The Worst Grammy Snubs
It happens every year: We watch the Grammys in the hopes that our favorite rockers will be rewarded for their work, only to be disappointed by who won. Our new video of the Worst Grammy Snubs feels your pain.
As you can see above, the Grammys have always been out of touch. In 1965, the Beatles' "Yesterday," lost to Tony Bennett's "The Shadow of Your Smile." Two years later, they, the Beach Boys and the Mamas and the Papas -- all of whom did their part to advance rock musically that year -- were overlooked in favor of the New Vaudeville Band's decidedly retrograde "Winchester Cathedral."
In 1979, the Best New Artist Award Grammy could have gone to Elvis Costello or the Cars. But this was the height of the disco era, so they chose to reward A Taste of Honey, whose "Boogie Oogie Oogie" topped the charts. They had one more Top 10 hit, a cover of Kyu Sakamoto's 1963 ballad "Sukiyaki" in 1981 and were never heard from again.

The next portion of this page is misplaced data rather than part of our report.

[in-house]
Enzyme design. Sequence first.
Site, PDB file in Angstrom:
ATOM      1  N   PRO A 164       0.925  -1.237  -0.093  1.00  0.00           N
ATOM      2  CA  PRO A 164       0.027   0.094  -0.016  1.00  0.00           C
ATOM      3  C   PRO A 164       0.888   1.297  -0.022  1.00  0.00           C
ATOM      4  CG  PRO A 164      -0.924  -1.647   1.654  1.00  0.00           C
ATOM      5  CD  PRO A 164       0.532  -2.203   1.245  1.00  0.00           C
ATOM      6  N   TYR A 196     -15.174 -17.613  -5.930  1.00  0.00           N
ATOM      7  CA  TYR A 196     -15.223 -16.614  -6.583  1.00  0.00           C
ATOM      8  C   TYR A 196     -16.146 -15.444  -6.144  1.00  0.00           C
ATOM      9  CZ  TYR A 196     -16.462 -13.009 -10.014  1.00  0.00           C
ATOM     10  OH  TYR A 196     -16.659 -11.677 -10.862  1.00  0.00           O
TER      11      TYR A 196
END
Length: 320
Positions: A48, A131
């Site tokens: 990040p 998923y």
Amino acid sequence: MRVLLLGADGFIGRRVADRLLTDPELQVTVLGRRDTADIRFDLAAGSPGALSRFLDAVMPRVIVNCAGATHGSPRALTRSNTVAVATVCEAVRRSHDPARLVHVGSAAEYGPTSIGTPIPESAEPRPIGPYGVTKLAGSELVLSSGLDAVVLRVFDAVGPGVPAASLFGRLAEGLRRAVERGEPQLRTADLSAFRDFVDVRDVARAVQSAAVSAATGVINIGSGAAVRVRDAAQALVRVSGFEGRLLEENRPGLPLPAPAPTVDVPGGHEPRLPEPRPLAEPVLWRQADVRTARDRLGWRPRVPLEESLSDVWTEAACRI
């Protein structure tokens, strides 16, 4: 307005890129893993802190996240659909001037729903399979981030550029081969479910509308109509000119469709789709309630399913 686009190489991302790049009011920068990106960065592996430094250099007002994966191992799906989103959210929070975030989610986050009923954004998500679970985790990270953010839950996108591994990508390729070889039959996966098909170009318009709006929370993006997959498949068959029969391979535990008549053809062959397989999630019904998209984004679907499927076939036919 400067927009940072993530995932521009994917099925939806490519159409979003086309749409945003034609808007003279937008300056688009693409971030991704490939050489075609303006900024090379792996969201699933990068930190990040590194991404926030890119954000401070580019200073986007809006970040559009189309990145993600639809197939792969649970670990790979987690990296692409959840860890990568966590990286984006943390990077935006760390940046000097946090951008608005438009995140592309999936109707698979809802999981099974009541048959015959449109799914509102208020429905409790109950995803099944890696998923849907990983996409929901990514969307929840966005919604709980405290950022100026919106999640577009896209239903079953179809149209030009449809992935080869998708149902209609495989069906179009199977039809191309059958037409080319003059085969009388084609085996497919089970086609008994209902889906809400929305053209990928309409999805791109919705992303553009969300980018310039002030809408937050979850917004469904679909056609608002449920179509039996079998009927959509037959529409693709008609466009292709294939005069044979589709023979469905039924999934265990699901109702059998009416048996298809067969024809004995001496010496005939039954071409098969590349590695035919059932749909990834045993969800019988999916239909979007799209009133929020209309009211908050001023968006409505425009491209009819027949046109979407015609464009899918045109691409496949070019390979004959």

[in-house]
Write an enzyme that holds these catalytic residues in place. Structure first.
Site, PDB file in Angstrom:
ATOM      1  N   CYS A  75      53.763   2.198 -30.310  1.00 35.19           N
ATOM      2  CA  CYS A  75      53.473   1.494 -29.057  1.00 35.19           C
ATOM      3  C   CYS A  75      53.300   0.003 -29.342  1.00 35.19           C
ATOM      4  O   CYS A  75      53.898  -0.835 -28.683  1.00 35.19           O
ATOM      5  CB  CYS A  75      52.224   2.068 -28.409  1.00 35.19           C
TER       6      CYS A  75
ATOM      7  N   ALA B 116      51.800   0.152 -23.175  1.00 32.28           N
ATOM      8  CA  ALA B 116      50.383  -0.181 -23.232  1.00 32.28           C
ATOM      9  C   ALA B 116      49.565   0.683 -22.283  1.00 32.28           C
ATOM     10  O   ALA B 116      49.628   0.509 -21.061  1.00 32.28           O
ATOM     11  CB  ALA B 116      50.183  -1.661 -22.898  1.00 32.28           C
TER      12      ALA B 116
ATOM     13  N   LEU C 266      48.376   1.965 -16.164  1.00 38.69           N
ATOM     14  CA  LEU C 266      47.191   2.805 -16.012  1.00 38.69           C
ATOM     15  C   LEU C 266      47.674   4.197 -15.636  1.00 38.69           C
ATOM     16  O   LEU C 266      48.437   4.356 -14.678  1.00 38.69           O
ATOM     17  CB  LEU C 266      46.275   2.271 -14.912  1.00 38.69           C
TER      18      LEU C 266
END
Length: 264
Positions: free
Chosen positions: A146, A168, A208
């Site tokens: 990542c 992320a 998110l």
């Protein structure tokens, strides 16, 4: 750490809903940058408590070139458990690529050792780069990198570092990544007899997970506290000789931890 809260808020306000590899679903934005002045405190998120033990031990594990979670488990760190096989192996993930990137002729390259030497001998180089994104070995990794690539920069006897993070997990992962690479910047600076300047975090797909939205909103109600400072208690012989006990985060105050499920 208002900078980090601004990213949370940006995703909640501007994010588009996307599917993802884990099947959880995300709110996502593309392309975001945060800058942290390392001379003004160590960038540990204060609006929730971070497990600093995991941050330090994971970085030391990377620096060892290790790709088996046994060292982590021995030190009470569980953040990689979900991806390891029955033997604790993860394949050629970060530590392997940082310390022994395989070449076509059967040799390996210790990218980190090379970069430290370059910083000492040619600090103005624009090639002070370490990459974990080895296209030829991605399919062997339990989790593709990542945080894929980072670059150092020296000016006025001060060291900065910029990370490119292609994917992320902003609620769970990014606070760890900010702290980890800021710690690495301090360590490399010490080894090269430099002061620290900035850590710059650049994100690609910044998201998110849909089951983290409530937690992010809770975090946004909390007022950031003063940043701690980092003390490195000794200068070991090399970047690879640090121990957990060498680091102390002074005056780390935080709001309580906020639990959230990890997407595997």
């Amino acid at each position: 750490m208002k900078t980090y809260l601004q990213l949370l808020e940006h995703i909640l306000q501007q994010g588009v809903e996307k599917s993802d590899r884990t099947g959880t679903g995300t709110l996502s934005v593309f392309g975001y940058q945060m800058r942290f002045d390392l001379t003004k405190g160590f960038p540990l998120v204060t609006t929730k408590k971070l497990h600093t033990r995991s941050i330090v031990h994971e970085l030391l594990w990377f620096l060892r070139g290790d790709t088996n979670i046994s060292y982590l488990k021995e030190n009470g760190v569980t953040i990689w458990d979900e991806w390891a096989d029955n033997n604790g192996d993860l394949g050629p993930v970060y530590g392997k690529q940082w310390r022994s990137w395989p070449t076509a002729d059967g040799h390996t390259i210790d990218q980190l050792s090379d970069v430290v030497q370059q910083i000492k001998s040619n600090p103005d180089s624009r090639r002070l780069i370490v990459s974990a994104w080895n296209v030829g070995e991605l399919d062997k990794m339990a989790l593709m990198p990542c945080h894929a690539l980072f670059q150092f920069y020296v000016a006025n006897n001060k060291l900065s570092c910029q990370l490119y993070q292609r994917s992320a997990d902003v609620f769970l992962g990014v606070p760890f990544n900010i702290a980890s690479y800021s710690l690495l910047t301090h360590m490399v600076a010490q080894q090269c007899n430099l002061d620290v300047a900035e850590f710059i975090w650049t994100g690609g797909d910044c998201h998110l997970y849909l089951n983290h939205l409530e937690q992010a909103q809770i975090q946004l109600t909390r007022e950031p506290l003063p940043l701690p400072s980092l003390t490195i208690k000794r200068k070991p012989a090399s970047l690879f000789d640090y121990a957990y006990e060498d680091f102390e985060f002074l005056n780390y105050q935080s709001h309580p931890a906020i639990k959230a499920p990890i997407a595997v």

Even when they try to move with the times, they can't get it right. By 1989, hard rock and metal had become too big and important for them to lump in with the rest of rock and were given their own category. But instead of rewarding Metallica's masterpiece, ...And Justice for All, they went with Crest of a Knave by Jethro Tull. Of course, Tull have done some great work in their career, but Crest of a Knave could hardly have been considered hard rock or metal.
We also acknowledge that some of the most important names in rock history -- Led Zeppelin, the Doors, Jimi Hendrix and the Who -- never won Grammys. And all of this is not even including the countless number of brilliant songs and albums that didn't even get nominated. But that's also why Ultimate Classic Rock runs its own awards at the end of every year.
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